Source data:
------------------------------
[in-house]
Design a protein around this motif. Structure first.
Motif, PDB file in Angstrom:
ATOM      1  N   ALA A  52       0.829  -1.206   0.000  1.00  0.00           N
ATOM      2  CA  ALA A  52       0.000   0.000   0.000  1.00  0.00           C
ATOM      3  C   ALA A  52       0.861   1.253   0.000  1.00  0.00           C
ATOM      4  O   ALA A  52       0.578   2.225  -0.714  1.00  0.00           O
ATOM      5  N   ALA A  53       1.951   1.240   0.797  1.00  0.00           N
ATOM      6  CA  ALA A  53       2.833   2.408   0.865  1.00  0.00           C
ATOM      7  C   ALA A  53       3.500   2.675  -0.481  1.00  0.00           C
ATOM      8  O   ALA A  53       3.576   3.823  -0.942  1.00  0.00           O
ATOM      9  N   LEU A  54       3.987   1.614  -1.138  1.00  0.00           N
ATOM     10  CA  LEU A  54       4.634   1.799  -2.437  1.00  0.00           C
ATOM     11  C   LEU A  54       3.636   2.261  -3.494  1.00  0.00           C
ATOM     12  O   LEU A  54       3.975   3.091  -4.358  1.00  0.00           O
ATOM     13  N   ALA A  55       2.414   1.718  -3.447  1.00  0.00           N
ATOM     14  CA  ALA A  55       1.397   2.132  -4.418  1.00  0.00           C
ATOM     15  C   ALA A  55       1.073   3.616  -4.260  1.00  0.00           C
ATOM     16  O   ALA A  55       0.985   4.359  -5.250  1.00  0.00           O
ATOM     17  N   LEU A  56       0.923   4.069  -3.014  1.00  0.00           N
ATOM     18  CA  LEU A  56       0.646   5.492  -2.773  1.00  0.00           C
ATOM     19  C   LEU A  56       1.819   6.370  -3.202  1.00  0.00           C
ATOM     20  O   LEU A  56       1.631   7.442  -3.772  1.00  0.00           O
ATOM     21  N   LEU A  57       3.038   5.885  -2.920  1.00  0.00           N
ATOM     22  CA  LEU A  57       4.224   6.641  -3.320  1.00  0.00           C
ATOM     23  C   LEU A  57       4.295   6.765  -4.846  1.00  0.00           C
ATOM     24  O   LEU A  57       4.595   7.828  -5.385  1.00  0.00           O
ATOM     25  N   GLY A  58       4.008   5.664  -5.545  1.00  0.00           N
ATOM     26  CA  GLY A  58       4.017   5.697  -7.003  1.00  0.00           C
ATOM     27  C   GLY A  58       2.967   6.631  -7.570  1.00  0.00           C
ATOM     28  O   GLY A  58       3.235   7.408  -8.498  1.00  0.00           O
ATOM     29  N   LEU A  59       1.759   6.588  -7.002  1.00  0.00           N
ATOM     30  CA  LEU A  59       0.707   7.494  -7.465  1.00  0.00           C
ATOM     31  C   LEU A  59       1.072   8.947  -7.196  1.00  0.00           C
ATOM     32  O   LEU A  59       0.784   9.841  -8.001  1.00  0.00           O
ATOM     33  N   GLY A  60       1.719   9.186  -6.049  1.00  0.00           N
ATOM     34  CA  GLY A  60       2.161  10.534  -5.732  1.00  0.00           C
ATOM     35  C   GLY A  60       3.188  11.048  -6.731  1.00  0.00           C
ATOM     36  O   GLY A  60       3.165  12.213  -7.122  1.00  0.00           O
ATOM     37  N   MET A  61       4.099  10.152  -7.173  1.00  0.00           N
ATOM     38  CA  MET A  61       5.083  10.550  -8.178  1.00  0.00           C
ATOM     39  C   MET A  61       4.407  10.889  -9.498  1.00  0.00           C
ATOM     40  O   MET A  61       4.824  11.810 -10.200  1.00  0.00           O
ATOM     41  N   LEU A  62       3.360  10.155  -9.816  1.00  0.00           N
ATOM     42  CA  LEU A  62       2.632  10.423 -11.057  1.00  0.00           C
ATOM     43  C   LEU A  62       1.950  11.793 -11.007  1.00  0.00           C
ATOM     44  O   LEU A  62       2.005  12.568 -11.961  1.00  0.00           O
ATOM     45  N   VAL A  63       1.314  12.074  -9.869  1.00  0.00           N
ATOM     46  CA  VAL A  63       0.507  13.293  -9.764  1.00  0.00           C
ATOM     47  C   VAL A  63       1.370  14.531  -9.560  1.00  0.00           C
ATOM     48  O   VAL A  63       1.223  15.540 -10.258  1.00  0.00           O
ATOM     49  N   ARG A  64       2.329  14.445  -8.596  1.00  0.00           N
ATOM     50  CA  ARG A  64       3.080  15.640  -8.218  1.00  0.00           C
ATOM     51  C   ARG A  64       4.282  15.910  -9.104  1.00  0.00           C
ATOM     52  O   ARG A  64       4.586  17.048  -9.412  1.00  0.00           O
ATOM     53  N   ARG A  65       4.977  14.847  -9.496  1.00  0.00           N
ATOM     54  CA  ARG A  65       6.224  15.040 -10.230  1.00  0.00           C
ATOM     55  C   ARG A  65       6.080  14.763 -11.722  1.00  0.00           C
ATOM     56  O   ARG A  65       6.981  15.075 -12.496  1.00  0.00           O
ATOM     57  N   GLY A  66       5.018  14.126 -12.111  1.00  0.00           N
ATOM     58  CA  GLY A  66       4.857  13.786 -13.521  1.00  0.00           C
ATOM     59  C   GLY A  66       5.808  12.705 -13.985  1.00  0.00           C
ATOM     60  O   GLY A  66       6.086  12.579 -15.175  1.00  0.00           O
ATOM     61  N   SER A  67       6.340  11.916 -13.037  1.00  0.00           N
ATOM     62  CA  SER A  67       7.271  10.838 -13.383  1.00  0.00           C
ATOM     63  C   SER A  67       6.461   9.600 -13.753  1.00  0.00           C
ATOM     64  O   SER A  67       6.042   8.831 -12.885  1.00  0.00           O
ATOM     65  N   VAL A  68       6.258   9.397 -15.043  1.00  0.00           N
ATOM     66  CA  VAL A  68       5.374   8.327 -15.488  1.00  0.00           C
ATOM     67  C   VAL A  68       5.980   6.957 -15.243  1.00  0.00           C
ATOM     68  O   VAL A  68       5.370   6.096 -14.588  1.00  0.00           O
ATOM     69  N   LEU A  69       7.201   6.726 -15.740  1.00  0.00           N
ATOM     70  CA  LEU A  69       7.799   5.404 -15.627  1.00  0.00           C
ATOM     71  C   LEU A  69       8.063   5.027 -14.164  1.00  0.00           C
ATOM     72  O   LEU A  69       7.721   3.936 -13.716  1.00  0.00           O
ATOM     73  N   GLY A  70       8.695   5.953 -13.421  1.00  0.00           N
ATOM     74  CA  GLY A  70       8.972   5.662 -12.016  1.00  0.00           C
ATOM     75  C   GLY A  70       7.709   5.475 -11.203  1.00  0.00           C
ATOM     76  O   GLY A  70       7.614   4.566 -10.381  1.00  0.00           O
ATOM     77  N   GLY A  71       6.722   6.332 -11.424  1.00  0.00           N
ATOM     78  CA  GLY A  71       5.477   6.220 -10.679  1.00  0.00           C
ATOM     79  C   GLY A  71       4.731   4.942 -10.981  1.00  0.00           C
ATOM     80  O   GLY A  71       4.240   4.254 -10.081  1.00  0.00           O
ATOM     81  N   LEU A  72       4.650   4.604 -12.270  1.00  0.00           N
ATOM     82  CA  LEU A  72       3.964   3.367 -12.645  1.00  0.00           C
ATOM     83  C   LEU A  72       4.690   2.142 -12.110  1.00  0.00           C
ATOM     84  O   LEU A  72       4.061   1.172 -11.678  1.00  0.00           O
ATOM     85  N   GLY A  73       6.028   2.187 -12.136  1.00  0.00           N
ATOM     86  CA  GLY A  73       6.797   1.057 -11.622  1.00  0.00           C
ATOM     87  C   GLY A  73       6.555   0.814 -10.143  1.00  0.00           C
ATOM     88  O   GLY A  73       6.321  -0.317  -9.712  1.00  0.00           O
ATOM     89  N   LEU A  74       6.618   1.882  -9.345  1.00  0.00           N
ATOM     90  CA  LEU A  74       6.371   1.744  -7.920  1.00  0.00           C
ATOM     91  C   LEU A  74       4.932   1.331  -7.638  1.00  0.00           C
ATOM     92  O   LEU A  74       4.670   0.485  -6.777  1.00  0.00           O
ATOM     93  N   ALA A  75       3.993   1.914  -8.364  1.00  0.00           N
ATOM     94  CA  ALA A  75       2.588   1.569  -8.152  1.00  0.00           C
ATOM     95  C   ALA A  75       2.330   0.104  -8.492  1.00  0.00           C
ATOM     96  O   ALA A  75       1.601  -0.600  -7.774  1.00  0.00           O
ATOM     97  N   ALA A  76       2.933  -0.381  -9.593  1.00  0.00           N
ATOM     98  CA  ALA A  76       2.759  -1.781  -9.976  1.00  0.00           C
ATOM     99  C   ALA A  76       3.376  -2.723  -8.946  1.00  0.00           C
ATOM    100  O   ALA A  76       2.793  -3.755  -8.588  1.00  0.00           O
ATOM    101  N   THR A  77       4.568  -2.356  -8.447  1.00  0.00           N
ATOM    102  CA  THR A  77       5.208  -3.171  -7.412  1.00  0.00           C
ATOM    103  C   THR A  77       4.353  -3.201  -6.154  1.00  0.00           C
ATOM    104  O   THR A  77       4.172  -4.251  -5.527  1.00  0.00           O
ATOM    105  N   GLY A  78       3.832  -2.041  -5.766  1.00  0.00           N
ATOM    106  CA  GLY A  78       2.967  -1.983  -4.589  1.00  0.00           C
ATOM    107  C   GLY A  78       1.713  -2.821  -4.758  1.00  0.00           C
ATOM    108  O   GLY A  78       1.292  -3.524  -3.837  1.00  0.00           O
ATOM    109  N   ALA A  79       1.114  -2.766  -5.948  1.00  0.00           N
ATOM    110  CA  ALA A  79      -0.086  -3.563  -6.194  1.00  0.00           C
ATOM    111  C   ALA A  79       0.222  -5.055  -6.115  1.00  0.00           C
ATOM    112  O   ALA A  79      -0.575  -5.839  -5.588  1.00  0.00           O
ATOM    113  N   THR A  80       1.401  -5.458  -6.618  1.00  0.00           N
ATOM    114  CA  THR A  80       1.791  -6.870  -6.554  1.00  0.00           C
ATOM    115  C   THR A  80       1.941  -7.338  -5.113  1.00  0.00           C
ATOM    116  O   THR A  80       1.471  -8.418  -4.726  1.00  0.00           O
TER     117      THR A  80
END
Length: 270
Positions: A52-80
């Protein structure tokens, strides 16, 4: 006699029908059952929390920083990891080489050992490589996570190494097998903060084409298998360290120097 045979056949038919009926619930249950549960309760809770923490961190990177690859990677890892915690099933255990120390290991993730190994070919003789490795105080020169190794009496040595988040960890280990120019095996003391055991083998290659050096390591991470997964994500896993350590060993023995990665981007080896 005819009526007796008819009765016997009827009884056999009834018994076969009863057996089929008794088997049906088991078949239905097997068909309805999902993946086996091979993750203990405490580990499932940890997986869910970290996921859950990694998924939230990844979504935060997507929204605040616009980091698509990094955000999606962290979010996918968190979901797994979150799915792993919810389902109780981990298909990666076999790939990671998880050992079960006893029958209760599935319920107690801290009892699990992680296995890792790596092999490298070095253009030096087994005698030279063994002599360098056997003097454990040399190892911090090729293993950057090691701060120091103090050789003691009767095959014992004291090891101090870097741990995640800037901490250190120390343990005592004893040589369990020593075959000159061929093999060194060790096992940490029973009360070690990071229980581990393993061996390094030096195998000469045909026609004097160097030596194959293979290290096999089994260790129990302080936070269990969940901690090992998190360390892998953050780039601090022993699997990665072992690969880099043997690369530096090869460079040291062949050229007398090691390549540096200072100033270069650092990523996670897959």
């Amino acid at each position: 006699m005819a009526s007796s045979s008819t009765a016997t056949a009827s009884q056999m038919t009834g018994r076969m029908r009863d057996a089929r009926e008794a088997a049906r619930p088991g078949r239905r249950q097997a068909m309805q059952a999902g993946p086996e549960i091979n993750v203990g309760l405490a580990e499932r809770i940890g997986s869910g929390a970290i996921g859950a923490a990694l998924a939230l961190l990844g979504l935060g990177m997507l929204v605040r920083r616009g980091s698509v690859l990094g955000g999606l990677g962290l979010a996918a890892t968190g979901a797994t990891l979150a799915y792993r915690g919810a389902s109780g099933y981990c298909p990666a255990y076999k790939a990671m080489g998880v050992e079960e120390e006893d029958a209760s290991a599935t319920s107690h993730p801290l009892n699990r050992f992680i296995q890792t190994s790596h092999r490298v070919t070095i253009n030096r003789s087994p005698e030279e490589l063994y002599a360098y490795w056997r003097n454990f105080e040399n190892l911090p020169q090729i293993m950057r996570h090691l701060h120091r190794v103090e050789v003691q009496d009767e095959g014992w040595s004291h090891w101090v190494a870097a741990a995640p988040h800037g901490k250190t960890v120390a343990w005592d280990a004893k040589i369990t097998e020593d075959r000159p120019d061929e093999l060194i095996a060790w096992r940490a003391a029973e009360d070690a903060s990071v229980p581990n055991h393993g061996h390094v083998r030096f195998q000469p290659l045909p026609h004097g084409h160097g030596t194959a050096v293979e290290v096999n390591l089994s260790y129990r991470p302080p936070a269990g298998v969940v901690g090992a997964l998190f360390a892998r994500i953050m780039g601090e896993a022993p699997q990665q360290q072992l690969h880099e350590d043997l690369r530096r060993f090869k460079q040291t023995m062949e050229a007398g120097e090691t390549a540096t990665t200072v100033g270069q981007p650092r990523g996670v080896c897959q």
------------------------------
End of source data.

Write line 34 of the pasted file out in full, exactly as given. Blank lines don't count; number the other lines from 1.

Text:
ATOM     31  C   LEU A  59       1.072   8.947  -7.196  1.00  0.00           C